2. The combination of claim 1 comprising a covering layer of solidified ceramic material formed in place on said second layer of metal and on said first layer of ceramic material by application of heat-softened ceramic material that becomes fuse bonded to said first mentioned layer of ceramic material and said second layer of metal on solidification to form a dense highly adherent protective layer of solidified ceramic material that is essentially free of cavities or voids capable of containing mositure or other contaminants that could cause electrical current to leak or short circuit.

3. The combination of claim 1 in which the metal of said first metal layer has a coefiicient of thermal expansion substantially midway between the coefiicients of thermal expansion of said rail and of said layer of ceramic insulating material.

4. The combination of claim 1 in which the metal of said second metal layer has substantially the same c0- eflicient of thermal expansion as the metal of said first metal layer.

References Cited UNITED STATES PATENTS 2,068,639 1/1937 Alsaker et al 238-1412 2,088,949 8/ 1937 Fekete 174 l05 2,405,192 8/1946 Davis 33822 X 2,500,299 3/1950 Broome 246428 X 2,859,321 11/1958 Garaway 219-543 X 2,910,567 10/1959 Holstein 246428 X 2,939,807 6/1960 Needham 117-212 2,962,393 11/1960 Ruchelshaus 117-212 3,007,026 10/ 1961 Woodling 219543 X 3,113,253 12/1963 Ishikawa et al. 317258 3,197,335 7/1965 Leszywski 338-308 X RICHARD M. WOOD, Primary Examiner. V. Y. MAYEWSKY, Assistant Examiner.

Claims (1)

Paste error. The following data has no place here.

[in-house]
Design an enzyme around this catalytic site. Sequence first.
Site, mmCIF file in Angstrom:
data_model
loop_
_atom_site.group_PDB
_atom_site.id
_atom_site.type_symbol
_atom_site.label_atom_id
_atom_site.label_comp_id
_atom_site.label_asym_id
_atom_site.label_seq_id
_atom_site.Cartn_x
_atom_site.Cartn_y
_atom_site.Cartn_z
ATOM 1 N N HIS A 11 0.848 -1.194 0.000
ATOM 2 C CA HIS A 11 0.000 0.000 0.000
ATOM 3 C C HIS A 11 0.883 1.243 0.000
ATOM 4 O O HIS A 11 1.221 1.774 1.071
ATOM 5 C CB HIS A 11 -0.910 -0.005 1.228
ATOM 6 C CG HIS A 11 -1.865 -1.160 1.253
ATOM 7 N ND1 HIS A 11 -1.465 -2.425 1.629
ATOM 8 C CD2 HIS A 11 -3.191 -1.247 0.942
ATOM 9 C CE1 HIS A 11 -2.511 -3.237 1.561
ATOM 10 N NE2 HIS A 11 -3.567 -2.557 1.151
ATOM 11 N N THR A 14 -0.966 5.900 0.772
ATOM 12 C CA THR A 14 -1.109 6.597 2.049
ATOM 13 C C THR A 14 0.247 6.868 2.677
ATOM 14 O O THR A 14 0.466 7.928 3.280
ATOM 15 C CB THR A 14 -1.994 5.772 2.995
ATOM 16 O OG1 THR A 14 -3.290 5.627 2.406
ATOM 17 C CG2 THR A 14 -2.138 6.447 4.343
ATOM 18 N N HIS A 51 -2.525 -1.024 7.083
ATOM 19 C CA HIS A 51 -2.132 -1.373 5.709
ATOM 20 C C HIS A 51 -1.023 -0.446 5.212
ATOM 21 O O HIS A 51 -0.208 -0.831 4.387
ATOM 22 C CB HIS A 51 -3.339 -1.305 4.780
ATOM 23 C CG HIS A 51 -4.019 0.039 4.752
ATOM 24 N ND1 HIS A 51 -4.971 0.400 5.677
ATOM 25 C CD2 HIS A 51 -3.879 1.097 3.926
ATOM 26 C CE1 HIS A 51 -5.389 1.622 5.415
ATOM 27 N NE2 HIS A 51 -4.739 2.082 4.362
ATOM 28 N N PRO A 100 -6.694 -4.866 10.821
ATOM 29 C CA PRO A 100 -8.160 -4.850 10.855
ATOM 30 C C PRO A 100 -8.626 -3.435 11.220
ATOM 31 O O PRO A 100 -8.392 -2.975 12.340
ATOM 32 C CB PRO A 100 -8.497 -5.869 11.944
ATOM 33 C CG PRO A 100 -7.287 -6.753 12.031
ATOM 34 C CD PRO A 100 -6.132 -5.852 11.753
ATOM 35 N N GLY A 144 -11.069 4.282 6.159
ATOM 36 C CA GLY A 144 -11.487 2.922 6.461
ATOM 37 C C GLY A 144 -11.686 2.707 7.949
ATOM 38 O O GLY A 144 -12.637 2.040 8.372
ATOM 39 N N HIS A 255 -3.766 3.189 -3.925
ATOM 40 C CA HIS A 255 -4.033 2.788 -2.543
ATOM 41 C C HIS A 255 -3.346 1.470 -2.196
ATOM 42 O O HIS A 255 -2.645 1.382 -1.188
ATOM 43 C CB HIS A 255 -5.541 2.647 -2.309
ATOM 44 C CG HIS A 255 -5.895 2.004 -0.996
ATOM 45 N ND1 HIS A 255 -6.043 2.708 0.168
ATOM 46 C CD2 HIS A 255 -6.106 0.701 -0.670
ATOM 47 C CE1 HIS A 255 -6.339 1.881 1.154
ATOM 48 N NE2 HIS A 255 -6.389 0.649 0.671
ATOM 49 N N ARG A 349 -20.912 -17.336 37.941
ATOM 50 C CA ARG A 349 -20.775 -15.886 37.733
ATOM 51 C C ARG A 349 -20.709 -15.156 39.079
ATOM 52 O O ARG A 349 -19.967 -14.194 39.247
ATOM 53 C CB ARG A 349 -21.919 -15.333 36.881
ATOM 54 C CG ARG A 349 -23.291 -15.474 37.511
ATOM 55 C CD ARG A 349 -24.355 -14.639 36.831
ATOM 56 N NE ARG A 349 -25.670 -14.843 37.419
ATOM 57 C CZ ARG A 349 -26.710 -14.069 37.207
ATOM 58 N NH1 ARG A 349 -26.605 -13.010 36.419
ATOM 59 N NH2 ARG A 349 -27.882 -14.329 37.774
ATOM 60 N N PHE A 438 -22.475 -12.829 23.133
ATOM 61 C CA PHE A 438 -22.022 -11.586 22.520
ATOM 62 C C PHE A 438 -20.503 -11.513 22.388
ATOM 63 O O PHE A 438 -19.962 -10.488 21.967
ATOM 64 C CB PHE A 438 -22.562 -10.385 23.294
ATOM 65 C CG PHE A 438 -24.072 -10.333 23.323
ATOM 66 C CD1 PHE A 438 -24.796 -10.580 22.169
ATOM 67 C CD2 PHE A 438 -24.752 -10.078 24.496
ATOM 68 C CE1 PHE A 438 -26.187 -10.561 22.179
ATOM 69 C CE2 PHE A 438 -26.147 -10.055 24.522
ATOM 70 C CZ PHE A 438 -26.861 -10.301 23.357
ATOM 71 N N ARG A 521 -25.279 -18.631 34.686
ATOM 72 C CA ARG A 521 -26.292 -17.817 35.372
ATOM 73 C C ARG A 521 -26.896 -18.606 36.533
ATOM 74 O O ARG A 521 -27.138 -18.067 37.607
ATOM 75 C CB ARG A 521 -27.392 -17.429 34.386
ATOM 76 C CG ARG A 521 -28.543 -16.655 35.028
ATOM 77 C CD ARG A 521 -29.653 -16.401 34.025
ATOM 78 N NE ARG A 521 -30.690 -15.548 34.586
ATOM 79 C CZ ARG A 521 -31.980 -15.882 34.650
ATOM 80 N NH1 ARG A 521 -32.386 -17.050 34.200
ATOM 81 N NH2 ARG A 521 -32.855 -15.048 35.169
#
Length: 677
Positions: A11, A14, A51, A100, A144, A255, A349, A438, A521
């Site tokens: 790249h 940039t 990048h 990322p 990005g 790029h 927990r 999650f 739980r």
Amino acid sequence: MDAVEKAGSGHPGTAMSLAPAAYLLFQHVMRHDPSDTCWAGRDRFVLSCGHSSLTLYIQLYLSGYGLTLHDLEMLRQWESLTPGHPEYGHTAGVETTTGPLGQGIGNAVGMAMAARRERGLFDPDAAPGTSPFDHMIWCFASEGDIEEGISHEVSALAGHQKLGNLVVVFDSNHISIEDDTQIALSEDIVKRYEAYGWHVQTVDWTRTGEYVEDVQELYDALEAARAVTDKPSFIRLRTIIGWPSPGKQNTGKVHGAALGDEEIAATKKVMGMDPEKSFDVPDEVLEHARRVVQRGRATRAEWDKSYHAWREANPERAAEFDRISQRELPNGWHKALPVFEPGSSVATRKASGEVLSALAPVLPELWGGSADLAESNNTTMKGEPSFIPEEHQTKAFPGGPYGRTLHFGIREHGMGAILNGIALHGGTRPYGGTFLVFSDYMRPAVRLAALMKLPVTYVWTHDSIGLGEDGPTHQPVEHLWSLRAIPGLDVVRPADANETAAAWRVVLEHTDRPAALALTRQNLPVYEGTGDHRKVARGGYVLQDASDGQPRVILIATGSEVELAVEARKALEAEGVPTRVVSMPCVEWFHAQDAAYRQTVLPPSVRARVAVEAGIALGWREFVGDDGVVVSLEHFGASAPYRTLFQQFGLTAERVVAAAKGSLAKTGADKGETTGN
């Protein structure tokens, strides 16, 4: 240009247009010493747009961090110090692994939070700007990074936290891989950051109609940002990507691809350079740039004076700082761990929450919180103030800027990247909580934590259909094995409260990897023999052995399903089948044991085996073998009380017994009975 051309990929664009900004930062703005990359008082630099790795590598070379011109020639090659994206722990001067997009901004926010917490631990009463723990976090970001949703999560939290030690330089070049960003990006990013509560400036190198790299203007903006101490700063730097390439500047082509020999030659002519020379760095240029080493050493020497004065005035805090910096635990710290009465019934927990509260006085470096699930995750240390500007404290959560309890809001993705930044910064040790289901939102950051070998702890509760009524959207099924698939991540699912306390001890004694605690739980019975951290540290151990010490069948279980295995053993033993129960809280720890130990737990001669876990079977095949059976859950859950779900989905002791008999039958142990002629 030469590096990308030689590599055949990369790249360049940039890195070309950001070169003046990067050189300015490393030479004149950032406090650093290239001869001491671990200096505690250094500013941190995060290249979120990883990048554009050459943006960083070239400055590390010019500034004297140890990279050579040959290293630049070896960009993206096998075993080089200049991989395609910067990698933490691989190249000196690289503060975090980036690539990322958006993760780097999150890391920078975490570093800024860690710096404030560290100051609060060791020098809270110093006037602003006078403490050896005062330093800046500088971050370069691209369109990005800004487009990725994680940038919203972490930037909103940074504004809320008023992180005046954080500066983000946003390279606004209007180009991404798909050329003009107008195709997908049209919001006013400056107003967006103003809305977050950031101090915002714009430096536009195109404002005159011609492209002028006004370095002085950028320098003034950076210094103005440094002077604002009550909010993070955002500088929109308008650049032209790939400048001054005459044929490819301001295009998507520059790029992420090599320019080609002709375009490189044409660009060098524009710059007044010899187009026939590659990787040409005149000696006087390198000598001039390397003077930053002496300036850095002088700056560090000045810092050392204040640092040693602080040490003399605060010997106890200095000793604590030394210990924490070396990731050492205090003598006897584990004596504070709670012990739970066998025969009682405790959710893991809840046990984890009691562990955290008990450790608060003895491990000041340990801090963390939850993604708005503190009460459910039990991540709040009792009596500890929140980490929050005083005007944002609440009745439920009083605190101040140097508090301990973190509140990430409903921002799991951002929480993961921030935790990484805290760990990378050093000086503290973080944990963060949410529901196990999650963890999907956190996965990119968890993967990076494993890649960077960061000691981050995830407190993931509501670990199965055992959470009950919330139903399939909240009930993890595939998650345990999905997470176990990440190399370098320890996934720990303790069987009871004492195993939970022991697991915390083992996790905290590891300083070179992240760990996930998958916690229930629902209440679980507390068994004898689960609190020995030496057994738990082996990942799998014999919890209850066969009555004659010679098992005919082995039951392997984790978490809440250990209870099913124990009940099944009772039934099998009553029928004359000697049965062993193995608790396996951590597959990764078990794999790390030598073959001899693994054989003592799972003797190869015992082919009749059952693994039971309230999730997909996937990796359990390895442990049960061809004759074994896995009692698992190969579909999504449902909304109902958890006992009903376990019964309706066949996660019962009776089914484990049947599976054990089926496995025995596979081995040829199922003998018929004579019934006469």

1. IN A COMBINATION, A RAILWAY RAIL THAT IS TO BE HEATED, AND A HEATER ON SAID RAIL COMPRISING A FIRST LAYER OF SOLIDIFIED METAL FORMED IN PLACE ON THE WEB OF SAID RAIL BY APPLICATION OF HEAT-SOFTENED METAL THAT BECOMES FUSE BONDED TO SAID RAIL ON SOLIDIFICATION, A LAYER OF SOLIDIFED CERAMIC MATERIAL FORMED IN PLACE ON SAID FIRST LAYER OF METAL BY APPLICATION OF HEAT-SOFTENED CERAMIC MATERIAL THAT BECOMES FUSE BONDED TO SAID FIRST LAYER OF METAL ON SOLIDIFICATION TO FORM A DENSE HIGHTLY ADHERENT LAYER OF SOLIDIFIED CERAMIC MATERIAL THAT IS ESSENTIALLY FREE OF CAVITIES OR VOIDS CAPABLE OF CONTAINING MOISTURE OR OTHER CONTAMINANTS THAT COULD CAUSE ELECTRICAL CURRENT TO LEAK OR SHORT CIRCUIT TO THE RAIL, SAID FIRST LAYER OF METAL HAVING A COEFFICIENT OF THERMAL EXPANSION BETWEEN THE COEFFICIENTS OF THERMAL EXPANSION OF THE METAL OF SAID RAIL AND OF SAID CERAMIC MATERIAL OF SAID LAYER SUCH THAT THE BONDS BETWEEN SAID WEB OF SAID RAIL AND SAID FIRST METAL LAYER AND BETWEEN SAID FIRST METAL LAYER AND SAID LAYER OF CERAMIC INSULATING MATERIAL ARE UNIMPAIRED BY THE THERMAL EXPANSIONS THROUGHOUT THE RANGE OF TEMPERATURES OF THE HEATER; A SECOND LAYER OF SOLIDIFIED METAL OF ELECTRICAL RESISTANCE PROPERTIES FORMED IN PLACE ON SAID LAYER OF CERAMIC MATERIAL BY APPLICATION OF HEAT-SOFTENED METAL THAT BECOMES FUSE BONDED BY SAID LAYER OF CERAMIC MATERIAL UPON SOLIDIFICATION TO FORM A SENSE HIGHLY ADHERENT LAYER OF SOLIDIFIED RESISTANCE METAL THAT IS ESSENTIALLY FREE OF CAVITIES OR VOIDS AND THAT HAS ELECTRICAL RESISTANCE CHARACTERISTICS THAT WILL PROVIDE THE DESIRED HEATING EFFECTS, AND CONNECTOR MEANS IN ELECTRICAL CONTACT WITH SAID SECOND METAL LAYER BUT ELECTRICALLY INSULATED FROM SAID FIRST METAL LAYER AND SAID RAIL, SAID CONNECTOR MEANS INCLUDING AN OPENING THROUGH THE WEB OF SAID RAIL, IN WHICH CONNECTOR MEANS SAID FIRST LAYER OF METAL EXTENDS OVER THE INNER WALL OF SAID OPENING AND ON THE SURFACE OF THE WEB OF THE RAIL OPPOSITE THE SURFACE ON WHICH SAID HEATER IS APPLIED, AND IN WHICH CONNECTOR MEANS SAID LAYER OF SOLIDIFIED CERAMIC MATERIAL EXTENDS OVER SAID FIRST LAYER OF METAL IN SAID OPENING AND ON SAID OPPOSITE SURFACE OF SAID WEB, TO DEFINE AN INSULATED OPENING THROUGH SAID WEB OF SAID RAIL AND AN INSULTED PORTION ON THE REAR SIDE OF SAID WEB OF SAID RAIL, AND WHICH CONNECTOR MEANS INCLUDES CONDUCTIVE MEANS PASSING THROUGH SAID INSULATED OPENING AND ELECTRICALLY CONTACTING SAID SECOND LAYER OF SOLIDIFIED ELECTRICAL RESISTANCE MEATL AND HAVING A PORTION EXTENDING FROM SAID HEATER AND RAIL TO WHICH ELECTRICAL CONNECTIONS CAN BE MADE.